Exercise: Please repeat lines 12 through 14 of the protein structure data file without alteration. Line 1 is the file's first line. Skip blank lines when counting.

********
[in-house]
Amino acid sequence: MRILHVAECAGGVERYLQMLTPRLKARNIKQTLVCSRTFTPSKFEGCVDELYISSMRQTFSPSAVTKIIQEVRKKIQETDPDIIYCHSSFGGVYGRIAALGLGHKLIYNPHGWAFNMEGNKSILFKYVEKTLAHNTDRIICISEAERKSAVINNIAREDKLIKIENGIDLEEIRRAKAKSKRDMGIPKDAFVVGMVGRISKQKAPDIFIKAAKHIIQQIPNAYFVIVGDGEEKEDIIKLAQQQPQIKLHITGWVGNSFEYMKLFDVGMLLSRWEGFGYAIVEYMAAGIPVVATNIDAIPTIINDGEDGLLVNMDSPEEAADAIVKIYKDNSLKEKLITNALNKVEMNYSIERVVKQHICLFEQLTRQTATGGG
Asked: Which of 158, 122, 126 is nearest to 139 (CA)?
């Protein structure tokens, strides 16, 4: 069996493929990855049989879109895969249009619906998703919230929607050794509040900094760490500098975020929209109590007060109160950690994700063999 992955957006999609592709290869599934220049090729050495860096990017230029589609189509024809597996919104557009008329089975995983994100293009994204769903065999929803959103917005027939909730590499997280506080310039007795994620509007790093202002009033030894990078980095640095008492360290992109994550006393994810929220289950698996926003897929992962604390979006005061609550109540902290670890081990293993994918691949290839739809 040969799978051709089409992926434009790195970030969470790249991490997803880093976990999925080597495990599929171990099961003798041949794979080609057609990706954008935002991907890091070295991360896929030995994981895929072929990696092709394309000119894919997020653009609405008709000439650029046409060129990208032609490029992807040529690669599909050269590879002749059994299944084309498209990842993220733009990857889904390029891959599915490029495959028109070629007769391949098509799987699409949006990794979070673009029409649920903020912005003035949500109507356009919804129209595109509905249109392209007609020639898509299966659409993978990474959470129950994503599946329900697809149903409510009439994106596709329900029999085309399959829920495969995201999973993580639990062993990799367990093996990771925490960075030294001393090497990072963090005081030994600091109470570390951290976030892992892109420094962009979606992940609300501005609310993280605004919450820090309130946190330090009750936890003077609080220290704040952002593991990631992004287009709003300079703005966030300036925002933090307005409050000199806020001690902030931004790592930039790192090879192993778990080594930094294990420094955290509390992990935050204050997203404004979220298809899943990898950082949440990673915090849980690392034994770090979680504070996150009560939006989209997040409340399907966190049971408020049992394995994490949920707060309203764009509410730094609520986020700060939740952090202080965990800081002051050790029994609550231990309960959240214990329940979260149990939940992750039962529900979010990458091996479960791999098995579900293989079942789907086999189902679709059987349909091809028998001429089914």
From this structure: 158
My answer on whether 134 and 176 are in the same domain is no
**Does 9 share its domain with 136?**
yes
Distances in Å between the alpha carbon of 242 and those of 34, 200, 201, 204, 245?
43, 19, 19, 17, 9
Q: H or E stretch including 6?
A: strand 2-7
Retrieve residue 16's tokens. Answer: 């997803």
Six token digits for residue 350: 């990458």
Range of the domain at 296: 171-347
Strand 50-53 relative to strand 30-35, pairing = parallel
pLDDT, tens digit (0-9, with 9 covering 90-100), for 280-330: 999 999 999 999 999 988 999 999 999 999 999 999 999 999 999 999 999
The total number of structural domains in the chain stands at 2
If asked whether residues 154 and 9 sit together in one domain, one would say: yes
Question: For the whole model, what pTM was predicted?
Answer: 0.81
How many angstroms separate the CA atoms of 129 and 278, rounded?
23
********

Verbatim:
A: strand 2-7
Retrieve residue 16's tokens. Answer: 């997803």
Six token digits for residue 350: 């990458």